Wednesday, July 14, 2010

The De-Evolution of the Hearse

Hearse: Pronunciation: \ˈhərs\Function: noun: Etymology: Middle English herse, from Anglo-French herce harrow, frame for holding candles, from Latin hirpic-, hirpex harrow
Date: 14th century
1 a : an elaborate framework erected over a coffin or tomb to which memorial verses or epitaphs are attached b : a triangular candelabra for 15 candles used especially at Tenebrae
2 a archaic : coffin b obsolete : bier 2
3 : a vehicle for conveying the dead to the grave (Merriam~Webster)

What was once an elegant mode of transportation for the deceased to be toured through public to their final place of rest has in modern times taken an almost antiseptic, sterile appearance. Much of this maybe due to many factors, one, death is something no one likes to talk about in this day of modern medicine and increased life spans due to science and people becoming more health oriented. There is nothing wrong with this attitude, but death still remains a reality reminding us of our mortality even though it is often a subject many do not like to broach.

As I shared before about Funerary Violinists, this wasn't always so, death was a ever present reality and society's approach was much more about tradition and mourning was considered a reverent act. During the Victorian Era it is no small wonder that Hearses were much more decorative and painted somber black, drawn by black horses such as this hearse that carried Lincoln's body. Vessels of mourning, ornately carved with large glass windows revealing the casket of the deceased, these carriages were works of craftsmanship and art.

It was in the early 1900's that hearses began to become horseless. In Paris electric hearses arrived first on the scene followed by petrol powered ones here in the U.S. These early models still retained the somber trappings of elegant grief and of course were very expensive. Due to the cost of a single hearse it was not uncommon for funeral homes to actually share one hearse between themselves such as this 1916 model. The hearse retained a certain dignity and this sense of artistic design carried on for many years as emulated in the 1930's by Packard and Cadillac.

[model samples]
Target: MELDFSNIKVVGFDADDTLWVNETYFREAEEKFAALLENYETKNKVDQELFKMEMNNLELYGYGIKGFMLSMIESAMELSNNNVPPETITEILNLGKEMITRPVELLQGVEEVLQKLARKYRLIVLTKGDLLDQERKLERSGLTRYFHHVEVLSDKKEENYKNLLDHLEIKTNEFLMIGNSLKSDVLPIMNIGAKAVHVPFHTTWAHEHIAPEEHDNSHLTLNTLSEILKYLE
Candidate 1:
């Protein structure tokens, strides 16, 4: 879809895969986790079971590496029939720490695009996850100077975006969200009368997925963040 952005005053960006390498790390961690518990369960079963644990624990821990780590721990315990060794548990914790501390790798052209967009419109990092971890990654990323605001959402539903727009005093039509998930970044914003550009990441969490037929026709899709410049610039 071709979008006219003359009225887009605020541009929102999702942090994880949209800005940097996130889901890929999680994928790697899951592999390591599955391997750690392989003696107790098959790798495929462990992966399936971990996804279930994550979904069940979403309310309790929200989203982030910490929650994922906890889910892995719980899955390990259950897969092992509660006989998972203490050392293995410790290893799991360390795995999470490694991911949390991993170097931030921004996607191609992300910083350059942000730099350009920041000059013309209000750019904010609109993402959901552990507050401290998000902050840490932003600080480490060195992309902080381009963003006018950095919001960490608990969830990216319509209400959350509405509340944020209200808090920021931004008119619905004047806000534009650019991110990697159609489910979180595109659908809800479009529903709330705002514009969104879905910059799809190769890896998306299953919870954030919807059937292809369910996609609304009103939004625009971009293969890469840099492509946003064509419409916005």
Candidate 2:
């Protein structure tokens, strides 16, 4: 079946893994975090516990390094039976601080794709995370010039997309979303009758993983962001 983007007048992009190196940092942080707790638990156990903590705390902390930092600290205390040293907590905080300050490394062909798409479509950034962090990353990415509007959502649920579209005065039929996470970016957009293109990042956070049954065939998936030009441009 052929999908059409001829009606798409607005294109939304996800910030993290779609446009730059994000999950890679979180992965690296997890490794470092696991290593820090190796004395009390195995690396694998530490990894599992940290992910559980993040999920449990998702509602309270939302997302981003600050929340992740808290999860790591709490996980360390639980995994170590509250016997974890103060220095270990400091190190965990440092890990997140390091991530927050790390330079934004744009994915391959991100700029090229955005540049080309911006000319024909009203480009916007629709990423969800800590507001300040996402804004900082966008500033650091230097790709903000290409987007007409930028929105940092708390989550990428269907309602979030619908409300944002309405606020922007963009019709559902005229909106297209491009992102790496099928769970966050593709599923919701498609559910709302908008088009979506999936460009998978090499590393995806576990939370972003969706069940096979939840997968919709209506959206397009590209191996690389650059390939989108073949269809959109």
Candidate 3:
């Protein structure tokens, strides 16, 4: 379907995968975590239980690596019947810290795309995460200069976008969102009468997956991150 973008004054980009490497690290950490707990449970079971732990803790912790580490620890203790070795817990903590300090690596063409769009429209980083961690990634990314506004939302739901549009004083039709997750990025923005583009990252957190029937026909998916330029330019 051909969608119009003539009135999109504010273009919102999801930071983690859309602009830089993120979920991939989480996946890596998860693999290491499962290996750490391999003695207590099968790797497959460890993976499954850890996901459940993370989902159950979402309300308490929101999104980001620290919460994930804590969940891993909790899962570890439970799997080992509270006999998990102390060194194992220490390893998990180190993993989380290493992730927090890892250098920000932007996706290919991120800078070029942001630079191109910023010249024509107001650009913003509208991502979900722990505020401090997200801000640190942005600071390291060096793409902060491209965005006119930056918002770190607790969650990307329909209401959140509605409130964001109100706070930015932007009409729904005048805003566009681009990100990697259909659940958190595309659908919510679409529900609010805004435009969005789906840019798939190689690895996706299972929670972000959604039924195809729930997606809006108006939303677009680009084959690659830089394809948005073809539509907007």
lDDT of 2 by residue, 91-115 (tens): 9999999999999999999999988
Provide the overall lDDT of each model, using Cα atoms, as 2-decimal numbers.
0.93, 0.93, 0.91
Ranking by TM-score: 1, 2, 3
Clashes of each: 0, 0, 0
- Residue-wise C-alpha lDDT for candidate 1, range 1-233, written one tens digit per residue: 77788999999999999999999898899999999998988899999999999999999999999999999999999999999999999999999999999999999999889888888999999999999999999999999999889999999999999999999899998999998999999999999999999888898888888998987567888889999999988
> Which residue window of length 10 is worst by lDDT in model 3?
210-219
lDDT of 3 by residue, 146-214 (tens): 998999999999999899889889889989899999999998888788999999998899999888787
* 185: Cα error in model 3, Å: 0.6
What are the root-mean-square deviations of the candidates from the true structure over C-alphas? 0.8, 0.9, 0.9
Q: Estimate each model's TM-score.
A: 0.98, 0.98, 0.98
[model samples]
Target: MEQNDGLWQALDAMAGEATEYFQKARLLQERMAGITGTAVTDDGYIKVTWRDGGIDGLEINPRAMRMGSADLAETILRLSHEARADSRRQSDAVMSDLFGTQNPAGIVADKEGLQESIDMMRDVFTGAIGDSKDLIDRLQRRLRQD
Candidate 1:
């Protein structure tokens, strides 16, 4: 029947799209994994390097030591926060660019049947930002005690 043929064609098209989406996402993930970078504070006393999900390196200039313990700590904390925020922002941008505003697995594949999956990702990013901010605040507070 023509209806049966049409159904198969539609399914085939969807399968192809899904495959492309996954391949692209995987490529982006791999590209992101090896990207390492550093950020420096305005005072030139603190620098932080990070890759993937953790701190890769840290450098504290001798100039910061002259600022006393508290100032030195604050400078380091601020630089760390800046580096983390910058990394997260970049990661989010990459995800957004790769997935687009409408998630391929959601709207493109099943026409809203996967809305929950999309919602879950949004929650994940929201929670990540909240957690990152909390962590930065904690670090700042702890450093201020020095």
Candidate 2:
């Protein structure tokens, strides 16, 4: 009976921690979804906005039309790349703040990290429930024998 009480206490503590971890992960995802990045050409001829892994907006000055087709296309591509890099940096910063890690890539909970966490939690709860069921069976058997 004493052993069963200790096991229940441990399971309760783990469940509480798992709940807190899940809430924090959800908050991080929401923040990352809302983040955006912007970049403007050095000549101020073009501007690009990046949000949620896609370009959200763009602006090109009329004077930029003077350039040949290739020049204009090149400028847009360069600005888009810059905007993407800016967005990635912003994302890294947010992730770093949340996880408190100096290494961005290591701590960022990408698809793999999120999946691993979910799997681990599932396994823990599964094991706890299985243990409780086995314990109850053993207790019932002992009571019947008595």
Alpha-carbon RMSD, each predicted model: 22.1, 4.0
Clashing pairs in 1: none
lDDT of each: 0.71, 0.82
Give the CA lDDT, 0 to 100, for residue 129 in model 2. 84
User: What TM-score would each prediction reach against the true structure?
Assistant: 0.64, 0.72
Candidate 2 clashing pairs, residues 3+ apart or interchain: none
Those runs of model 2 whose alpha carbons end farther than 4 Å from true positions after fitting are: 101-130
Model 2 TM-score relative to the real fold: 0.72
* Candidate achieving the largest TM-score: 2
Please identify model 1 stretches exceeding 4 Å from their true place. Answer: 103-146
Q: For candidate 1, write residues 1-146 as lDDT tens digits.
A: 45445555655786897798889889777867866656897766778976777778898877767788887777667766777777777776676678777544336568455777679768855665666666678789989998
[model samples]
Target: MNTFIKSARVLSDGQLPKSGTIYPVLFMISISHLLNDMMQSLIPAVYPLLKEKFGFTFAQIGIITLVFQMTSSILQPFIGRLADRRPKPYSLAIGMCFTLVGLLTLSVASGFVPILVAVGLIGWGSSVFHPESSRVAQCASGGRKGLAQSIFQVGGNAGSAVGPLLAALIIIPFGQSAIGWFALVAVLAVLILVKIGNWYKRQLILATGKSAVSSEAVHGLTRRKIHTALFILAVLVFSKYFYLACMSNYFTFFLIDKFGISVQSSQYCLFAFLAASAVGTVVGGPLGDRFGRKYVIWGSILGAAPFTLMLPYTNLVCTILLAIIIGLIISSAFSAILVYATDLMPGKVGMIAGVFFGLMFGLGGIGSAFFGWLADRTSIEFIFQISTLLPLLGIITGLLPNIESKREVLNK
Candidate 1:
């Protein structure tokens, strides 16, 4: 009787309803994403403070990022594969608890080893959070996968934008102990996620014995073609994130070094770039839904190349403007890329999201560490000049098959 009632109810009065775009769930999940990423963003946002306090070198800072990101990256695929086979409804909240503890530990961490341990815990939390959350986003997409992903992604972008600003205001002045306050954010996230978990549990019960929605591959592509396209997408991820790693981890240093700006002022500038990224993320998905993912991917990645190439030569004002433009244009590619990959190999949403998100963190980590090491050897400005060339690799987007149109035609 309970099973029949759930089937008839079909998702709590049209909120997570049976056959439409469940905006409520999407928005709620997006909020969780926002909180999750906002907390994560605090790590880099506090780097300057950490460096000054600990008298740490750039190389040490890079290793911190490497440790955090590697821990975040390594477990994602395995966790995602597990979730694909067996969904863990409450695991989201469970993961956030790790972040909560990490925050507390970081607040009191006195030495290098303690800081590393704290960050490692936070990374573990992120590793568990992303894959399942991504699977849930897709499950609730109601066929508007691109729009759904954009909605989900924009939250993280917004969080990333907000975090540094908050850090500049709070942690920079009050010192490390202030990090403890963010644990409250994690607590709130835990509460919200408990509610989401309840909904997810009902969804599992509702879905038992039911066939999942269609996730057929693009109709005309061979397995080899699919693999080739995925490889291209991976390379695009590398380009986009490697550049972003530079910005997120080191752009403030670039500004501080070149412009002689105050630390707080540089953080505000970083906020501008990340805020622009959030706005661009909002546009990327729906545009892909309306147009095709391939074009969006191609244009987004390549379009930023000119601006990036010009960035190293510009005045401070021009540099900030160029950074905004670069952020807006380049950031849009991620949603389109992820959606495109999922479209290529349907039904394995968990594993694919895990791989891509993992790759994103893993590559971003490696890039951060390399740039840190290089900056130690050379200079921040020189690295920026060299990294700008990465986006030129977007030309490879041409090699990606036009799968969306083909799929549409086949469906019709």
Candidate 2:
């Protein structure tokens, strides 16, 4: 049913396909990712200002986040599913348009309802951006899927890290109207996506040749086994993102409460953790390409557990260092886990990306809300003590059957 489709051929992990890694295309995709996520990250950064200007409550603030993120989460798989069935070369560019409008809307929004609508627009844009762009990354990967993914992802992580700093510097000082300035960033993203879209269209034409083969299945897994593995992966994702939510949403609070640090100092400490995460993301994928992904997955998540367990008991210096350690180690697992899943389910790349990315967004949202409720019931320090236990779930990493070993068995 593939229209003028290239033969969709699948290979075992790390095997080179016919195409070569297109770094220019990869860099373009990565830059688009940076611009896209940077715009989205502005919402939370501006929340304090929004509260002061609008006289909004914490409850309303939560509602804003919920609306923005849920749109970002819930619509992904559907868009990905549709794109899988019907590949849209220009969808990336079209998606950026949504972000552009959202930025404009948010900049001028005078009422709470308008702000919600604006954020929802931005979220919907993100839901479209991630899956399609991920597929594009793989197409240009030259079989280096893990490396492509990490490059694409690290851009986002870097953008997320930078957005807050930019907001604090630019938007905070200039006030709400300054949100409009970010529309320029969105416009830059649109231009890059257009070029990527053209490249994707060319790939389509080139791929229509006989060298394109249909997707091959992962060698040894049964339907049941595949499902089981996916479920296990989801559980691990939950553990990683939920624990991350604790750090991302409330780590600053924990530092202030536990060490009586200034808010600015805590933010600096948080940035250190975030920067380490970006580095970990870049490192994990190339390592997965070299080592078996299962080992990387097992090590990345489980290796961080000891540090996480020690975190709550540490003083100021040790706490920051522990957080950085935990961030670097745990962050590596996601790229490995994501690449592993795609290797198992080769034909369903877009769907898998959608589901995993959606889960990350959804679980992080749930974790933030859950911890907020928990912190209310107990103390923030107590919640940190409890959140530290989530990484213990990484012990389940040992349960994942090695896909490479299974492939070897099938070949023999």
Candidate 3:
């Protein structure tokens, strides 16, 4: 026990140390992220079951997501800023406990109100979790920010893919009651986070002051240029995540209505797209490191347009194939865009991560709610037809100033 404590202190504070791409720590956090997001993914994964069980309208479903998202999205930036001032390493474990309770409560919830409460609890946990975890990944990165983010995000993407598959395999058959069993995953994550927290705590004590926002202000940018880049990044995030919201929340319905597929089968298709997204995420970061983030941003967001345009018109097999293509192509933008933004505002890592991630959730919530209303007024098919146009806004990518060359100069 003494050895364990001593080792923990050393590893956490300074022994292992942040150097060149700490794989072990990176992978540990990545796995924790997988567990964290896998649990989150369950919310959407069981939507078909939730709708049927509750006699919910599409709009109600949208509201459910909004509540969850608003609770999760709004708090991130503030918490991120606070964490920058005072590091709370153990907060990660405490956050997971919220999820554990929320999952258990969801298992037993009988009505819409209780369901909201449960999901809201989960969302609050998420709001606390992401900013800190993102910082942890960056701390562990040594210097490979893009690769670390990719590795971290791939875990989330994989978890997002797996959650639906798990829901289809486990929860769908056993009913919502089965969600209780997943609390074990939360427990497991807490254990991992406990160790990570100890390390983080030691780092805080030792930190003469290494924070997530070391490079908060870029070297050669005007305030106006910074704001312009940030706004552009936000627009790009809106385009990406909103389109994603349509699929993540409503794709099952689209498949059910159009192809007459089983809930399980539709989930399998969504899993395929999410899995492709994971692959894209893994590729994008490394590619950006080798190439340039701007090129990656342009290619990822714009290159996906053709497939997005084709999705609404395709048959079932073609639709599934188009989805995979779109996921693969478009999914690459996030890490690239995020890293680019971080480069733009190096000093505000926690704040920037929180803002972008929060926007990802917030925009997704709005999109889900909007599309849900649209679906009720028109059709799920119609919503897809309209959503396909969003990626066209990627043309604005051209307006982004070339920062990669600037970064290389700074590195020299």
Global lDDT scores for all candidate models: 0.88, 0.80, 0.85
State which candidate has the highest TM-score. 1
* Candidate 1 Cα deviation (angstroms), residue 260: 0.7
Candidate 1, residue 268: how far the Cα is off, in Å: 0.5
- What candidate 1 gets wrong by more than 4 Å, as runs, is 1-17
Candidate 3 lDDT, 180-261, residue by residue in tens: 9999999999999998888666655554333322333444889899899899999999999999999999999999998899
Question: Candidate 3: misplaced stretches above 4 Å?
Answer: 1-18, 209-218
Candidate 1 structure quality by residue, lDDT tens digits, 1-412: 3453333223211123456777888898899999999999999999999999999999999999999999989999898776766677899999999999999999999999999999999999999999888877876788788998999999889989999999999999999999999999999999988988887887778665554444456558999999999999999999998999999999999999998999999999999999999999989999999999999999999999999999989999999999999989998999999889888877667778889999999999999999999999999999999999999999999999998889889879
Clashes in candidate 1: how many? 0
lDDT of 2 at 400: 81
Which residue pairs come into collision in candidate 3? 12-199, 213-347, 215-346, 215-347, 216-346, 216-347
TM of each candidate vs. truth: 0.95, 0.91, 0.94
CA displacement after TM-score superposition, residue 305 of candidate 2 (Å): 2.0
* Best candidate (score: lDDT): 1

In the 1960's Hearse still remained distinctive but gone was the sense of ornate style most likely due to it being more efficient to modify an existing model of a Cadillac than to build a specific design. It was also during this time this model of hearse doubled as an ambulance also known by the slang term the "meat wagon". Today hearses are modified from an existing model, below is a clip from the History Channel giving a brief history of the hearse and how it is made today.

Though the hearse today has taken on a sterile appearance, the aesthetics of the early hearse are not forgotten by some such as this classic hearse that has been restored and modified by an owner in Whitby Scotland.

There are also many hearse clubs such as The Black Widow Hearse Club and others that want to keep the history of the hearse alive and at they have built a horse drawn hearse from scratch. In today's society we have so many wonderful advances but often I find myself wondering is we are not becoming aesthetically void by approaching the minimalistic craze that is so often seen in modern architecture. Where once everything from buildings and automobiles took on such a distinctive character that they almost became an entity themselves to a now today's colder more impersonal feel. This could be why genres like Steampunk have surfaced to make the impersonal, personal again.


  1. fascinating and how beautiful they were! In addition creating art, I am also a Halloween aficionado and 'homehaunter'. as such, I've run across very talented hauntworld artists who have created some amazing stuff, one of them being faux hearses. thought you might want to take a look

  2. That is awesome. I am including this work as well into the blog. Great find.

  3. Very good, very good indeed, David.
    These things ARE cool - particularly the Packard & Cadillac!